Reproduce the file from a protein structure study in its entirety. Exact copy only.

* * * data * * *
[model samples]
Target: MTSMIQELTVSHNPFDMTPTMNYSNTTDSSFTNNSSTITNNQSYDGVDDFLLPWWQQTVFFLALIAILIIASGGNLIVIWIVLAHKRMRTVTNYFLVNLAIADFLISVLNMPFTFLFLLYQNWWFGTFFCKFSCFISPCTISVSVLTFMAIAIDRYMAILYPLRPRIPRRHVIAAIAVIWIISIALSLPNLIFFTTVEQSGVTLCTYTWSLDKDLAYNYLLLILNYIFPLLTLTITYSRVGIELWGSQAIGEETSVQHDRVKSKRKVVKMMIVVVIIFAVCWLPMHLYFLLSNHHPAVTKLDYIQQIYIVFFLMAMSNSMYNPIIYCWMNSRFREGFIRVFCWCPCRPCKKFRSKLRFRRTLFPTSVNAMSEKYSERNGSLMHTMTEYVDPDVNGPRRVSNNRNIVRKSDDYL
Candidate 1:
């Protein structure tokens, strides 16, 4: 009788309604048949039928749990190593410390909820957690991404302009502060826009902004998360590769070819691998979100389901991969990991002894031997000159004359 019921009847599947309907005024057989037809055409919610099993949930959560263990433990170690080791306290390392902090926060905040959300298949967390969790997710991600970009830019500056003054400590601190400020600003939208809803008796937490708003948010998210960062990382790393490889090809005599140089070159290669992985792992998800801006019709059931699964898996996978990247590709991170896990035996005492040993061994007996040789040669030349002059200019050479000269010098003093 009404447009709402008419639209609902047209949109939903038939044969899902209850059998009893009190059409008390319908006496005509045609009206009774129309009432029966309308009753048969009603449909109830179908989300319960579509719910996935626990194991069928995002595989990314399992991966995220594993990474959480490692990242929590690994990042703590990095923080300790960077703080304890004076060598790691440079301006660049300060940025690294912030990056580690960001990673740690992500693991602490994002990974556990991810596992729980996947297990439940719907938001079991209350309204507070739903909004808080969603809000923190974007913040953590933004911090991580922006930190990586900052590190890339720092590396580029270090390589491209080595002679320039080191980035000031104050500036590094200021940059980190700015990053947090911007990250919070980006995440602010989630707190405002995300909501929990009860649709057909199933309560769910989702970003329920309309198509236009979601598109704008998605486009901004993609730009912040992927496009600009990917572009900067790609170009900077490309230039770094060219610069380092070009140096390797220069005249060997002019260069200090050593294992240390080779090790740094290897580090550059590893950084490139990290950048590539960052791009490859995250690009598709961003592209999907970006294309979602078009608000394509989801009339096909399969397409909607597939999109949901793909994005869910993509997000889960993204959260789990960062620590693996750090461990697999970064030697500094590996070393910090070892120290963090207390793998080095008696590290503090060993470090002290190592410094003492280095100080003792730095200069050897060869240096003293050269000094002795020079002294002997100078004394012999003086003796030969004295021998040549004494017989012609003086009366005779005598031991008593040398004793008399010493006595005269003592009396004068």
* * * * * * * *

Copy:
[model samples]
Target: MTSMIQELTVSHNPFDMTPTMNYSNTTDSSFTNNSSTITNNQSYDGVDDFLLPWWQQTVFFLALIAILIIASGGNLIVIWIVLAHKRMRTVTNYFLVNLAIADFLISVLNMPFTFLFLLYQNWWFGTFFCKFSCFISPCTISVSVLTFMAIAIDRYMAILYPLRPRIPRRHVIAAIAVIWIISIALSLPNLIFFTTVEQSGVTLCTYTWSLDKDLAYNYLLLILNYIFPLLTLTITYSRVGIELWGSQAIGEETSVQHDRVKSKRKVVKMMIVVVIIFAVCWLPMHLYFLLSNHHPAVTKLDYIQQIYIVFFLMAMSNSMYNPIIYCWMNSRFREGFIRVFCWCPCRPCKKFRSKLRFRRTLFPTSVNAMSEKYSERNGSLMHTMTEYVDPDVNGPRRVSNNRNIVRKSDDYL
Candidate 1:
């Protein structure tokens, strides 16, 4: 009788309604048949039928749990190593410390909820957690991404302009502060826009902004998360590769070819691998979100389901991969990991002894031997000159004359 019921009847599947309907005024057989037809055409919610099993949930959560263990433990170690080791306290390392902090926060905040959300298949967390969790997710991600970009830019500056003054400590601190400020600003939208809803008796937490708003948010998210960062990382790393490889090809005599140089070159290669992985792992998800801006019709059931699964898996996978990247590709991170896990035996005492040993061994007996040789040669030349002059200019050479000269010098003093 009404447009709402008419639209609902047209949109939903038939044969899902209850059998009893009190059409008390319908006496005509045609009206009774129309009432029966309308009753048969009603449909109830179908989300319960579509719910996935626990194991069928995002595989990314399992991966995220594993990474959480490692990242929590690994990042703590990095923080300790960077703080304890004076060598790691440079301006660049300060940025690294912030990056580690960001990673740690992500693991602490994002990974556990991810596992729980996947297990439940719907938001079991209350309204507070739903909004808080969603809000923190974007913040953590933004911090991580922006930190990586900052590190890339720092590396580029270090390589491209080595002679320039080191980035000031104050500036590094200021940059980190700015990053947090911007990250919070980006995440602010989630707190405002995300909501929990009860649709057909199933309560769910989702970003329920309309198509236009979601598109704008998605486009901004993609730009912040992927496009600009990917572009900067790609170009900077490309230039770094060219610069380092070009140096390797220069005249060997002019260069200090050593294992240390080779090790740094290897580090550059590893950084490139990290950048590539960052791009490859995250690009598709961003592209999907970006294309979602078009608000394509989801009339096909399969397409909607597939999109949901793909994005869910993509997000889960993204959260789990960062620590693996750090461990697999970064030697500094590996070393910090070892120290963090207390793998080095008696590290503090060993470090002290190592410094003492280095100080003792730095200069050897060869240096003293050269000094002795020079002294002997100078004394012999003086003796030969004295021998040549004494017989012609003086009366005779005598031991008593040398004793008399010493006595005269003592009396004068």